As global supply chains twist and turn amid economic pressures, including the ongoing U.S.-China trade war, much attention has been paid the phenomenon of reshoring.
Simply put, reshoring is the practice of bringing manufacturing back to a country — in this case, the U.S. — from overseas.
Whether as a result of trade deals (e.g. NAFTA) or the rise of China as an economic power, U.S. politicians and labor groups have long bemoaned the loss of manufacturing to other countries.
The U.S.-based Reshoring Institute, which advocates for manufacturing in the U.S., has chronicled reshoring trends in recent years, most recently in its 2019 Reshoring Survey.
“For more than three decades, moving production offshore was a relatively easy decision,” the Institute said in its annual survey document. “With an almost endless supply of low-cost labor, the decreasing costs of transportation, low currency exchange rates, and significant foreign-government incentives, hundreds of thousands of jobs left the U.S. for lower cost nations like China. The once overwhelming cost advantages, however, are not what they once were. A growing number of businesses have rethought their global manufacturing strategies and made the decision to reshore at least some of their production to the United States.”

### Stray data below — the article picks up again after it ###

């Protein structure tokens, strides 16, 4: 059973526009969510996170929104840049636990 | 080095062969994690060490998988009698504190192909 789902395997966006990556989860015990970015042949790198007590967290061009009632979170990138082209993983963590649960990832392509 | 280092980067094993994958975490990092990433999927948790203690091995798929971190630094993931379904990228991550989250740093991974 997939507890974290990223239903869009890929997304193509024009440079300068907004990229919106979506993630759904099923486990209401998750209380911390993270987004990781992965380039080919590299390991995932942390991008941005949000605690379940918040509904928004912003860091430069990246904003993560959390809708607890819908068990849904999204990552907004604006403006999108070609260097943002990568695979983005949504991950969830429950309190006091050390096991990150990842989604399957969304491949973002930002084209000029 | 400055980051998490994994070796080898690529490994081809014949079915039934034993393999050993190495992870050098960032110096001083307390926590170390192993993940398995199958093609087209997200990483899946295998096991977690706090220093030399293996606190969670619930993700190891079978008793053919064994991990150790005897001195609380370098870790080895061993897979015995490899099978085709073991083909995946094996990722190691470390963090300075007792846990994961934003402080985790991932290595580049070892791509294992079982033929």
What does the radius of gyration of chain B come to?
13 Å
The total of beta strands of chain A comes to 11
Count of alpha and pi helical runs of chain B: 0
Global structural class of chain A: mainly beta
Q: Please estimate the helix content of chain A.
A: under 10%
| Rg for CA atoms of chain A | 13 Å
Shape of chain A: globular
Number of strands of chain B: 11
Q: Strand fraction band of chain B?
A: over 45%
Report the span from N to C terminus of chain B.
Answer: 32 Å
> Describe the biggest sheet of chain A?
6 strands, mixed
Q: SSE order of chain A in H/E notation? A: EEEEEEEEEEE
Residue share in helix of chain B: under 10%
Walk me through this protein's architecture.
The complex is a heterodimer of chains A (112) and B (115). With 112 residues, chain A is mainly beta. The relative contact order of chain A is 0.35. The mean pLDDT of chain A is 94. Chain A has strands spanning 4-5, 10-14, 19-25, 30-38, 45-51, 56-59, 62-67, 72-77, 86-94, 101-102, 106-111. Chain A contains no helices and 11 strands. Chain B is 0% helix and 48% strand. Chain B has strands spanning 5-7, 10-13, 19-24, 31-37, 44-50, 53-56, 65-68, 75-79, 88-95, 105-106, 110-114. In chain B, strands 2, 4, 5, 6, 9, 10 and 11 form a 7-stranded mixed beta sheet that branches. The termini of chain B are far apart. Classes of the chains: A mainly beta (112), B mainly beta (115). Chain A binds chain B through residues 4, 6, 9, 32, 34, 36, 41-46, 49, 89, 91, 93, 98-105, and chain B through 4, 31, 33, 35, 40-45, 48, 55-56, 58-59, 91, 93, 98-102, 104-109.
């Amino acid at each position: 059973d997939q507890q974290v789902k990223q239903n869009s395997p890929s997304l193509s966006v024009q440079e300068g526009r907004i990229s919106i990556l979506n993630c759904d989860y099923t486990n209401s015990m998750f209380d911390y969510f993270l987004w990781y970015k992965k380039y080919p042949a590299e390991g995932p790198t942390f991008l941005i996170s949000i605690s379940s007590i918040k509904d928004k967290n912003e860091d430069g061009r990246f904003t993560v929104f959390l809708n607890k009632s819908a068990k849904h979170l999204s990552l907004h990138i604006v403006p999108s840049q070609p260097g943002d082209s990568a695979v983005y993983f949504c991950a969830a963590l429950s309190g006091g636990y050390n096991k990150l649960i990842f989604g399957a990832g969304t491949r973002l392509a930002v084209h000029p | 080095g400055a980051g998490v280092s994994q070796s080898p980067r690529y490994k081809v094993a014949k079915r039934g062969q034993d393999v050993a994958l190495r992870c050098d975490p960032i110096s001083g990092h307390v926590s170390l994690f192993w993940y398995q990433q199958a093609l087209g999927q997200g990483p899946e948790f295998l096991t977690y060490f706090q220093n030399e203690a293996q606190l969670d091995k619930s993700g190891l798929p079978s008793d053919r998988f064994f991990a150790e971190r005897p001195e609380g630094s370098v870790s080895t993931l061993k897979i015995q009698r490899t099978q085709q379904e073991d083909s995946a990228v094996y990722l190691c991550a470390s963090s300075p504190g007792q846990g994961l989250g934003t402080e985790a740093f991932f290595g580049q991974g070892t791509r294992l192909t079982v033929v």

According to the report, more than half of the executives surveyed said they were planning or considering reshoring efforts, while 97% said they would consider domestic sources if the price and quality of those products were competitive with those of foreign suppliers.
The survey included questions regarding reasons U.S. companies might seek to reshore, challenges related to offshoring and factors that might be preventing companies from reshoring.
In terms of incentives to reshore, the top three reasons came were: international logistics costs (69.74%), proximity to customers and markets (55.26%), and total cost of ownership evaluation (51.32%).
Delays in shipping, production schedule delays and inconsistent quality were the most-cited examples of challenges U.S. companies face when sourcing from overseas.
As such, while many of the executives surveyed indicated they were at least considering reshoring initiatives, there are several factors preventing them from following through.
According to the executives surveyed, high labor costs were the No. 1 reason behind not proceeding with reshoring, followed by the lack of an existing facility in the U.S. and lack of skilled workers.